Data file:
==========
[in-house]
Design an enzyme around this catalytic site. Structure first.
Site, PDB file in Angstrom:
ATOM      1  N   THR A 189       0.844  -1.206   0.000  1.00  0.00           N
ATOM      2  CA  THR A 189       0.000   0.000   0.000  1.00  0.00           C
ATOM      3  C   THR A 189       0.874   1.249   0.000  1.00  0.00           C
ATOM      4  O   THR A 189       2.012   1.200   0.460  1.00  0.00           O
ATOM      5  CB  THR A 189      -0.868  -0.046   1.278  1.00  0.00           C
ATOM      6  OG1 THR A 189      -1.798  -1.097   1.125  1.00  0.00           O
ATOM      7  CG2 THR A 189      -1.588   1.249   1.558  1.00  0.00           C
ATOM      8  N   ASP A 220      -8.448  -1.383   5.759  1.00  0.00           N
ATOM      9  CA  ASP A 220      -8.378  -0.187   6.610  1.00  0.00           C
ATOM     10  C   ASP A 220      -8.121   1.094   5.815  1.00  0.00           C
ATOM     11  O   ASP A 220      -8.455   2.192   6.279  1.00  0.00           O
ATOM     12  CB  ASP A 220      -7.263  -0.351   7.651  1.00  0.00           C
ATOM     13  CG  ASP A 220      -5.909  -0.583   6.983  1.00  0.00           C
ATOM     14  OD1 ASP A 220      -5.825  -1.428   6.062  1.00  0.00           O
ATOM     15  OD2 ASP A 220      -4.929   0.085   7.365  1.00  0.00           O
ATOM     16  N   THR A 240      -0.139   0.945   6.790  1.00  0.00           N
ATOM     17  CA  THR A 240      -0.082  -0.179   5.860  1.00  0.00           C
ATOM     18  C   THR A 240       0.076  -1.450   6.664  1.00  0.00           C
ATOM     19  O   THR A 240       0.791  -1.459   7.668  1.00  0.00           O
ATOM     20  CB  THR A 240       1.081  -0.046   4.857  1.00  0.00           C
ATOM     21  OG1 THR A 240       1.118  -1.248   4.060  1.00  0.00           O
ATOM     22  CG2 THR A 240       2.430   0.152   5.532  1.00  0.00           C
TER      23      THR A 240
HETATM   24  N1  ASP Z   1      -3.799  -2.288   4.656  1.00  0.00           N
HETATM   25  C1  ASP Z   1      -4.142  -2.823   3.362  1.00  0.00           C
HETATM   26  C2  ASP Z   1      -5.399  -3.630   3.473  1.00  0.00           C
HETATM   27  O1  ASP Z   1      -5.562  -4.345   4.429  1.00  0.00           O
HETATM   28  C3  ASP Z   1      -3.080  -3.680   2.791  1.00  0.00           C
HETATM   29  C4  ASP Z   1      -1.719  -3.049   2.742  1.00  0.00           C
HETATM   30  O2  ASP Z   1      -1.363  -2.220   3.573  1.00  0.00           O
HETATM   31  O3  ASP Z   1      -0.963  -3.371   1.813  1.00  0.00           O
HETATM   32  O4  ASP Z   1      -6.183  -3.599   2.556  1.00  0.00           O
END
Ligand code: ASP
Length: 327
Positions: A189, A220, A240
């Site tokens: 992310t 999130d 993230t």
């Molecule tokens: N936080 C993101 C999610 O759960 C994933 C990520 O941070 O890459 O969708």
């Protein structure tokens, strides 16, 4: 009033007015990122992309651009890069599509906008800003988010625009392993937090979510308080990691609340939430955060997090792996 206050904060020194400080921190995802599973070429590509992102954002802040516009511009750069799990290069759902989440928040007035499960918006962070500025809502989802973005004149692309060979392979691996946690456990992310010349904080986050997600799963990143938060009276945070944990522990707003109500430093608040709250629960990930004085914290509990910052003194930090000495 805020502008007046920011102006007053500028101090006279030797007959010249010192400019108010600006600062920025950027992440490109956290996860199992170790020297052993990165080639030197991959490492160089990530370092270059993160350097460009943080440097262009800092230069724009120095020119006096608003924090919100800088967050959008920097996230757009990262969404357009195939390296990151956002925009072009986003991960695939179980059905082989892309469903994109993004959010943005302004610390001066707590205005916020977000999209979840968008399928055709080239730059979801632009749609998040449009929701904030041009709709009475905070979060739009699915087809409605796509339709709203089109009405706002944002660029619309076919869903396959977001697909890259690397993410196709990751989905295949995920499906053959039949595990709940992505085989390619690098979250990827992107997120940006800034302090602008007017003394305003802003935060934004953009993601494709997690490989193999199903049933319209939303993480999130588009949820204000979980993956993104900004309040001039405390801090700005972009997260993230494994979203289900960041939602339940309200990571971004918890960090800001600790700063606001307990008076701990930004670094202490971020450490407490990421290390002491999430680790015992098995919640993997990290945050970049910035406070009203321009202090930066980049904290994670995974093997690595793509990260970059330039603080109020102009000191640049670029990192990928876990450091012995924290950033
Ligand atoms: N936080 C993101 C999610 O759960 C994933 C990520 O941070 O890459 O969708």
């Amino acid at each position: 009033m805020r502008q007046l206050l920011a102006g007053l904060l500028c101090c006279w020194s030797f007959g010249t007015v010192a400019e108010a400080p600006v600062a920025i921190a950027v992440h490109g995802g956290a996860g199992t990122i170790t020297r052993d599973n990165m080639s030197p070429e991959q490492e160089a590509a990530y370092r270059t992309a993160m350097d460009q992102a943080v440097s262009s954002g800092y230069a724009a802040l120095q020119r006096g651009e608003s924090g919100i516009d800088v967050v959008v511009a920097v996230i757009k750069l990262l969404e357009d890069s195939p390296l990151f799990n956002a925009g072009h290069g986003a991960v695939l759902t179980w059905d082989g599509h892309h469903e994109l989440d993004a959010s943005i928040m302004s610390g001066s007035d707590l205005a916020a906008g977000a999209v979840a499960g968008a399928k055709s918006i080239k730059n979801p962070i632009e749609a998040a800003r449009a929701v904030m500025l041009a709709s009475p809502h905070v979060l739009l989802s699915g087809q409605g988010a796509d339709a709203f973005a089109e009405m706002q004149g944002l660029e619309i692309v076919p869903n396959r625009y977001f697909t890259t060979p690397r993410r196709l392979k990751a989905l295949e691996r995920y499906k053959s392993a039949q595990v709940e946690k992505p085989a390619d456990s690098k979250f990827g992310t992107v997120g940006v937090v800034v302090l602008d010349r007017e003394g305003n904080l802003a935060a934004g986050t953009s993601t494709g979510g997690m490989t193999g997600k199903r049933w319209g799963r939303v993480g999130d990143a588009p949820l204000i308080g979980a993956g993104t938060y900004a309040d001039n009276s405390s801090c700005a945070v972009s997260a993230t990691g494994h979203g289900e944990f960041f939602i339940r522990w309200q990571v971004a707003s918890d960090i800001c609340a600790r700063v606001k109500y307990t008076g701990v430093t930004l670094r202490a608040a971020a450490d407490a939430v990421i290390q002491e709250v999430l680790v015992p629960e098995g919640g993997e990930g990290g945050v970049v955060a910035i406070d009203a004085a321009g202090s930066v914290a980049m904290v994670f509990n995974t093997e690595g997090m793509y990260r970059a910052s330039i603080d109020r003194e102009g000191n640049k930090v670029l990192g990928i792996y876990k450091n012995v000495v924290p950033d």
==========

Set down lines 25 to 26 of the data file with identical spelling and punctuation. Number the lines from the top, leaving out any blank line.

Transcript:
ATOM     22  CG2 THR A 240       2.430   0.152   5.532  1.00  0.00           C
TER      23      THR A 240